Jim Lucas and his sisters, Carol Rainey and Sally Fidler, joke that they were born at the Lucas Trucking Company building.
"We tell people we've worked here forever," Rainey laughed. "We say we were born here."
However, the siblings were born into the trucking business.
From lefty, siblings Carol Rainey, Sally Fidler and Jim Lucas look over monthly reports at their family-owned and operated business, Lucas Trucking Company, located outside of Jersey Shore. The company hauls and delivers mail for the postal service to large cities, such as New York and Cleveland.
Carol Rainey, seated left, Jim Lucas, center and Sally Fidler, seated right, are the second generation of Lucas-family entrepreneurs to run Lucas Trucking Company, located along Route 220 south, outside of Jersey Shore. The third generation, Thomas E. Rainey III, Robert K. Fidler and Tracie D. Dershem, all work full-time at business and are hoping to continue the business into the future.
According to Fidler, vice president and treasurer of the business, their father started the company after securing a hauling and delivery contract with the Grit newspaper in 1955, when the company was located on West Third Street.
Soon after, the trucking company discovered the opportunities presented by the postal service. Trucking companies were needed to haul mail from one large city to another.
Within a couple years, the company began to exclusively service the postal service, and the tradition has continued to this day.
"We pick up mail at larger hubs and we bring the load in here and relay it to its destination," Lucas, president of the company, said.
Rainey, vice president and secretary of the business, said there are several advantages to working in the mail delivery system.
"It's a much cleaner operation," she said.
"It's easier on the equipment," Lucas said.
Lucas trucking company has so much equipment, Lucas said all the business' trucks would not fit at company headquarters, located on Route 220 south.
"We could never get all our equipment on the lot at one time," he said.
With rising fuel prices, the cost of running all the trucks has gone up recently, and Lucas said the company has been taking steps to try and reduce fuel consumption.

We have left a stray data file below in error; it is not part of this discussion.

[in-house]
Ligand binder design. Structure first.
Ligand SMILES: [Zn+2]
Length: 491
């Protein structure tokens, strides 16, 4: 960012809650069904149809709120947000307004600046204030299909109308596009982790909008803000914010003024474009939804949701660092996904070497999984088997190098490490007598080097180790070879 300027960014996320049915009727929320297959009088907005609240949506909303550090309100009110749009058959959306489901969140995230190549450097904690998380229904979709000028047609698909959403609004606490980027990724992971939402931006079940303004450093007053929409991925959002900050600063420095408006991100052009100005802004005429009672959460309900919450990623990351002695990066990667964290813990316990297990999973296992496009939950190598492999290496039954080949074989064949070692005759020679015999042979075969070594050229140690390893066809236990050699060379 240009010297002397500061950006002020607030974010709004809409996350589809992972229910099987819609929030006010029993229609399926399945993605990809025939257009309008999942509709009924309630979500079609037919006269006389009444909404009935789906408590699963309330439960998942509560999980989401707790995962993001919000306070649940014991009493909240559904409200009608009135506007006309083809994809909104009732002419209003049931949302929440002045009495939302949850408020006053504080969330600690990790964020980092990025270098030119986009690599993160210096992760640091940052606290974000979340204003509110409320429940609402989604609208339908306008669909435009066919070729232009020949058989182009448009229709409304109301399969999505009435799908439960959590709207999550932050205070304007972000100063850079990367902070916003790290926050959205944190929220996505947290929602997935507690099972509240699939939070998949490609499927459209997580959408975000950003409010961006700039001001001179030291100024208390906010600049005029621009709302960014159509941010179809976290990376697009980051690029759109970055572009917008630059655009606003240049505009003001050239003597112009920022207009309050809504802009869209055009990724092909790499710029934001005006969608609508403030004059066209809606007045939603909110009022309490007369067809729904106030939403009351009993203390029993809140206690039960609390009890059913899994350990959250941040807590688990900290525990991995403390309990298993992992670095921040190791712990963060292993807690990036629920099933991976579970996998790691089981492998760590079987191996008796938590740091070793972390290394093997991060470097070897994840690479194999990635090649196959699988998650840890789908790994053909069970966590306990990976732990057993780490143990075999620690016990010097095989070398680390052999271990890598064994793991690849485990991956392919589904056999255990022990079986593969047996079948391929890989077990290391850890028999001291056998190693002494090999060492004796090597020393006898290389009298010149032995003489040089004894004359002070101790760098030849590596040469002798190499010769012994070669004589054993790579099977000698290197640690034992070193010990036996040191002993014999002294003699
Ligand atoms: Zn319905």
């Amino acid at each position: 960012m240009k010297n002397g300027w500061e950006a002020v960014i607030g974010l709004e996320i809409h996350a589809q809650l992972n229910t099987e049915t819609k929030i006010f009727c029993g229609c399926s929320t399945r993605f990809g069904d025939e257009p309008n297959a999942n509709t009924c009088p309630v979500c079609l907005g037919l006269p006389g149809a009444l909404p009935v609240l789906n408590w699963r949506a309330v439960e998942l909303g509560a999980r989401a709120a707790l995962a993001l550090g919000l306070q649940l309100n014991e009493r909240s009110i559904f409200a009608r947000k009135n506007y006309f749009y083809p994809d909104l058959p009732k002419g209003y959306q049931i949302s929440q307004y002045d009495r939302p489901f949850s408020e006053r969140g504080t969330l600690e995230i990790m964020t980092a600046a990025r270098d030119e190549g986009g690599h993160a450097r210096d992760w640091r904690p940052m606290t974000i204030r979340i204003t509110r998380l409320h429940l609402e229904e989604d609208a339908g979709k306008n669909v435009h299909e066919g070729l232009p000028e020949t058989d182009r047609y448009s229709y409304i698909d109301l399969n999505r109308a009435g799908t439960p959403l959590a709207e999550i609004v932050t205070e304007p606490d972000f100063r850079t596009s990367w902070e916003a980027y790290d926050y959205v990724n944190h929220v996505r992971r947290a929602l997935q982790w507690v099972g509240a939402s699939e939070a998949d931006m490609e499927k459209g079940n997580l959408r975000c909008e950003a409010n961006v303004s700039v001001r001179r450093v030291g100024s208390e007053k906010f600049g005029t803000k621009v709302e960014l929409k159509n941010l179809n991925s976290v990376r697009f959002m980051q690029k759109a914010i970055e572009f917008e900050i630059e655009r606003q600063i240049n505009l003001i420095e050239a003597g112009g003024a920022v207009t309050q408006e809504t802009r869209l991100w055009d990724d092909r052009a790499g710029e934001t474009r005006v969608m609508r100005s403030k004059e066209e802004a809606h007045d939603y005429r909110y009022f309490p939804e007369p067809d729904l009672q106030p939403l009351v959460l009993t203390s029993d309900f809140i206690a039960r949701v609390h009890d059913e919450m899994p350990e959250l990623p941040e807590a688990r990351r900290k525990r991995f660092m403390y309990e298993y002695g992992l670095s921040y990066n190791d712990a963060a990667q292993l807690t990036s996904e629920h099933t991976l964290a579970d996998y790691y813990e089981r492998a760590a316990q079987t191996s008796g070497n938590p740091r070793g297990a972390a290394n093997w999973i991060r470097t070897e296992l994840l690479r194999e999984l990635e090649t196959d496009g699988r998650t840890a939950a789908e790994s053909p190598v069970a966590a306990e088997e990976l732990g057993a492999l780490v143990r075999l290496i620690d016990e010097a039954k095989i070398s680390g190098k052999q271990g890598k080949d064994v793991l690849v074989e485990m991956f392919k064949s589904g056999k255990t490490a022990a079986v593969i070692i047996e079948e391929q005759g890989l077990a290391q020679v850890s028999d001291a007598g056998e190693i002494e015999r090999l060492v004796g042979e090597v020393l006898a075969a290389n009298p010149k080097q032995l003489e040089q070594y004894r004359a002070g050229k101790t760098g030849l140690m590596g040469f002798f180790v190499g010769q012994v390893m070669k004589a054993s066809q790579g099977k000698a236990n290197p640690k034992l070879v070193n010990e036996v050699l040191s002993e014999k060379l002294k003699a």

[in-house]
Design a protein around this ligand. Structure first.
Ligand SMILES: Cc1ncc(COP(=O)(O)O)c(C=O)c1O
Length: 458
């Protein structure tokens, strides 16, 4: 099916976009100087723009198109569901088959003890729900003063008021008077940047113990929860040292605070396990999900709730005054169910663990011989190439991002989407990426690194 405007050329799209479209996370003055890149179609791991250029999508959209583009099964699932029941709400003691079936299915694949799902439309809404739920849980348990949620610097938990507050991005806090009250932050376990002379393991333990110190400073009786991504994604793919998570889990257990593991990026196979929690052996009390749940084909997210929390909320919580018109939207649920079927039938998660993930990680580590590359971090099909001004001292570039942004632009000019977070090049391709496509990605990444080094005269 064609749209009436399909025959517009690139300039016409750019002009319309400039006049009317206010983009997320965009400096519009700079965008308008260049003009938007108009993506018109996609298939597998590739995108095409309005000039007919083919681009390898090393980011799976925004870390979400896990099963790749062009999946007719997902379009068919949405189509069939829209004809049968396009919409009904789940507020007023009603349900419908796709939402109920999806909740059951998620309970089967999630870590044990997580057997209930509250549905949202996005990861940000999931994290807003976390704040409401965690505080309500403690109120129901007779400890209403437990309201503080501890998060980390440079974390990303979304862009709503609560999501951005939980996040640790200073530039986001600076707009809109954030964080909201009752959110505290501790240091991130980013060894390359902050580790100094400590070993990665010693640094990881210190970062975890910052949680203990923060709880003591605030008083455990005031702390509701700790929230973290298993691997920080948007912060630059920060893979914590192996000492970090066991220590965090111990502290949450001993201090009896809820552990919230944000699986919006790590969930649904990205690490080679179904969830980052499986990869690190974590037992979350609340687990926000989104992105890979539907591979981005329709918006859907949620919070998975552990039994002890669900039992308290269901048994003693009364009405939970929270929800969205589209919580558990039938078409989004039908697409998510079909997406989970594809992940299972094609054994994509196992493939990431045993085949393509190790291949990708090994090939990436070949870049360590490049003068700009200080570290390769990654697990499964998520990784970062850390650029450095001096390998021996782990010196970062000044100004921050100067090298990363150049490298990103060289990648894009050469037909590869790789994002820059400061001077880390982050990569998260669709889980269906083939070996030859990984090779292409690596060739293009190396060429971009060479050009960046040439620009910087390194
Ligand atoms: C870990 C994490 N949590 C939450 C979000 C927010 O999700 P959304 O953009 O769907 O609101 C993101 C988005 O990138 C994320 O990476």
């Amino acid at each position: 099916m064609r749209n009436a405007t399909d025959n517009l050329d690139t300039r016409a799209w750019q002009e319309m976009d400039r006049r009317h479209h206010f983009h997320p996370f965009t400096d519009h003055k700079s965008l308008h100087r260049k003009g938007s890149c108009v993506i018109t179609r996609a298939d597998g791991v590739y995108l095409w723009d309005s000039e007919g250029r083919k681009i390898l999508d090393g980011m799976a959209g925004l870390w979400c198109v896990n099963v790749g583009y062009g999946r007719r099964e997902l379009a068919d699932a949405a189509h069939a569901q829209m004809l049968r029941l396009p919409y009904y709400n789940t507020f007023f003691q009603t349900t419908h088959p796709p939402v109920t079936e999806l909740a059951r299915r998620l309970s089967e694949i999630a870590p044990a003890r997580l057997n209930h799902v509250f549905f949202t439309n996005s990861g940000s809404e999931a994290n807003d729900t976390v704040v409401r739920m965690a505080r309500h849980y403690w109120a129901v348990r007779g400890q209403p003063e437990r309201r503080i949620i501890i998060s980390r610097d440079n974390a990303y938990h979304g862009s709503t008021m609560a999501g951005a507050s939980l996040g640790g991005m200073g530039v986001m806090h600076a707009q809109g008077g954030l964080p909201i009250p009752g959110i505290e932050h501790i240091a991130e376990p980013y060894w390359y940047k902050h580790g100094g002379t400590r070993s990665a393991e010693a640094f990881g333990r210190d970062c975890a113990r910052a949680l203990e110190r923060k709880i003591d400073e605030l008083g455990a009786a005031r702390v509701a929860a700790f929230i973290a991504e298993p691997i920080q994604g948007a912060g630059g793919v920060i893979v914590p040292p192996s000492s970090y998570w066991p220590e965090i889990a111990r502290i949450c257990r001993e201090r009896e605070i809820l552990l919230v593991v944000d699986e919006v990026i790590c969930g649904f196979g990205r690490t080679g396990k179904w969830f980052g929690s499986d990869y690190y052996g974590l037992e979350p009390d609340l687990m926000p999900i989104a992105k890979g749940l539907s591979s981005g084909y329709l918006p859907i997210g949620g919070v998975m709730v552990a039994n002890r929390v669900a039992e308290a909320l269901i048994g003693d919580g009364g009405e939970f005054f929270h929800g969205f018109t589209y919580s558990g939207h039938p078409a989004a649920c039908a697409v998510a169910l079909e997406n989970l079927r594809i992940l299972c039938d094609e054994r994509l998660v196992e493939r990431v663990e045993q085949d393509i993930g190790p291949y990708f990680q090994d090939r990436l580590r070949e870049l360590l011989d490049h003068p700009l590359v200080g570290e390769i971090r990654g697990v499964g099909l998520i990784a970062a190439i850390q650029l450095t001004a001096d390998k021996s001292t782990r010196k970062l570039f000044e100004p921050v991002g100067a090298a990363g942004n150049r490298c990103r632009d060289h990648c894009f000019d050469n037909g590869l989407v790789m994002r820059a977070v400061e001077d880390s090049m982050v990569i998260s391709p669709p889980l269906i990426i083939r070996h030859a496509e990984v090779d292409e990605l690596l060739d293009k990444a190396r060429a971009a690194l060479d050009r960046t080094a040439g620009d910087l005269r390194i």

"We reduced the speed limits on the trucks, we're reviewing routes and we're looking at what types of vehicles we buy," he said.
With trucks running deliveries and pick ups 24 hours a day, 365 days a year, Lucas said it takes a great amount of dedication to run the business.
"The family has been totally dedicated to this business," he said. "It takes dedication and long hours."
However, Lucas said the business would not run so smoothly without the help of the hardworking employees the business employs.
"We wouldn't be here without good drivers," he said. "You have to give them credit."
On the management side of things, Lucas said there are advantages and disadvantages to working with family.
"It has its pluses and minuses," he said. "You know too much about the other person sometimes, but you also know each other's habits and you know someone will always be responsible for the business."
The siblings hope that they can continue to help the company grow so future generations of the family can continue to enjoy the success of the company.
"We hope that (that company) continues on to be as lucrative as it has been and the next generation can benefit from it," Rainey said.
Lucas said the third generation of Lucas-family entrepreneurs, Robert K. Fidler, Thomas Rainey III and his daughter, Tracie D. Dershem, all work full-time at the company and are already interested in continuing the family business into the future.